“We’re now able to eavesdrop on the brain in real life,” said Josef Parvizi, the study’s senior author.
A brain region activated when people are asked to perform mathematical calculations in an experimental setting is similarly activated when they use numbers — or even imprecise quantitative terms, such as “more than”— in everyday conversation, according to a study by Stanford University School of Medicine scientists.
Using a novel method, the researchers collected the first solid evidence that the pattern of brain activity seen in someone performing a mathematical exercise under experimentally controlled conditions is very similar to that observed when the person engages in quantitative thought in the course of daily life.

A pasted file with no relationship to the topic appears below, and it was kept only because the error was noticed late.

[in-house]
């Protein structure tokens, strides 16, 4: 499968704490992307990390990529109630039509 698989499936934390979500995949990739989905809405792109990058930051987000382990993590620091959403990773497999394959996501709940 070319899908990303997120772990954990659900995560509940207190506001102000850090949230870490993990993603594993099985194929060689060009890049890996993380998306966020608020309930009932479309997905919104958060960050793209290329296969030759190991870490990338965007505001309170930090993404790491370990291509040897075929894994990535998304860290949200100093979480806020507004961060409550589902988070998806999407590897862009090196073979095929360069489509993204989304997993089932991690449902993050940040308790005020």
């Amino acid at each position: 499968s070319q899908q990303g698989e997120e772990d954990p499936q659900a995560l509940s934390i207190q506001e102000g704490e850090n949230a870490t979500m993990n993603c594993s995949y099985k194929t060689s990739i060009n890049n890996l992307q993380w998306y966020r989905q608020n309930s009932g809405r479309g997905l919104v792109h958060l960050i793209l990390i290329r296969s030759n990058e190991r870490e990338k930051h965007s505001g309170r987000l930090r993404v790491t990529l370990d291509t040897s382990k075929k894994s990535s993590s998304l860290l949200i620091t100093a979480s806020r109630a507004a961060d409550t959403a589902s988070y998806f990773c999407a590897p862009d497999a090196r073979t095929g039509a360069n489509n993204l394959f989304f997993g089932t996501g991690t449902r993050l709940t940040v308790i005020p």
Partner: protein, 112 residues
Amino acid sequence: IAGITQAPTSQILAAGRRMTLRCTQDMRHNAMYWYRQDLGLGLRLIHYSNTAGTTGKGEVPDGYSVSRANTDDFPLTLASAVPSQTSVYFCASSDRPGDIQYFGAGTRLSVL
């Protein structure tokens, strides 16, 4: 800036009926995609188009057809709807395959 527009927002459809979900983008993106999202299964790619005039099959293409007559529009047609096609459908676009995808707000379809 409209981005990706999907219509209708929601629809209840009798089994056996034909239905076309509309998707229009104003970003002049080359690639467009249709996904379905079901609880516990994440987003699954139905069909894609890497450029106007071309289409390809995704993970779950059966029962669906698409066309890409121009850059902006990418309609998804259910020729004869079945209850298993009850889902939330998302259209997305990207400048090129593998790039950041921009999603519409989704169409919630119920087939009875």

“We’re now able to eavesdrop on the brain in real life,” said Josef Parvizi, MD, PhD, associate professor of neurology and neurological sciences and director of Stanford’s Human Intracranial Cognitive Electrophysiology Program. Parvizi is the senior author of the study, published Oct. 15 in Nature Communications. The study’s lead authors are postdoctoral scholar Mohammad Dastjerdi, MD, PhD, and graduate student Muge Ozker.
The finding could lead to “mind-reading” applications that, for example, would allow a patient who is rendered mute by a stroke to communicate via passive thinking. Conceivably, it could also lead to more dystopian outcomes: chip implants that spy on or even control people’s thoughts.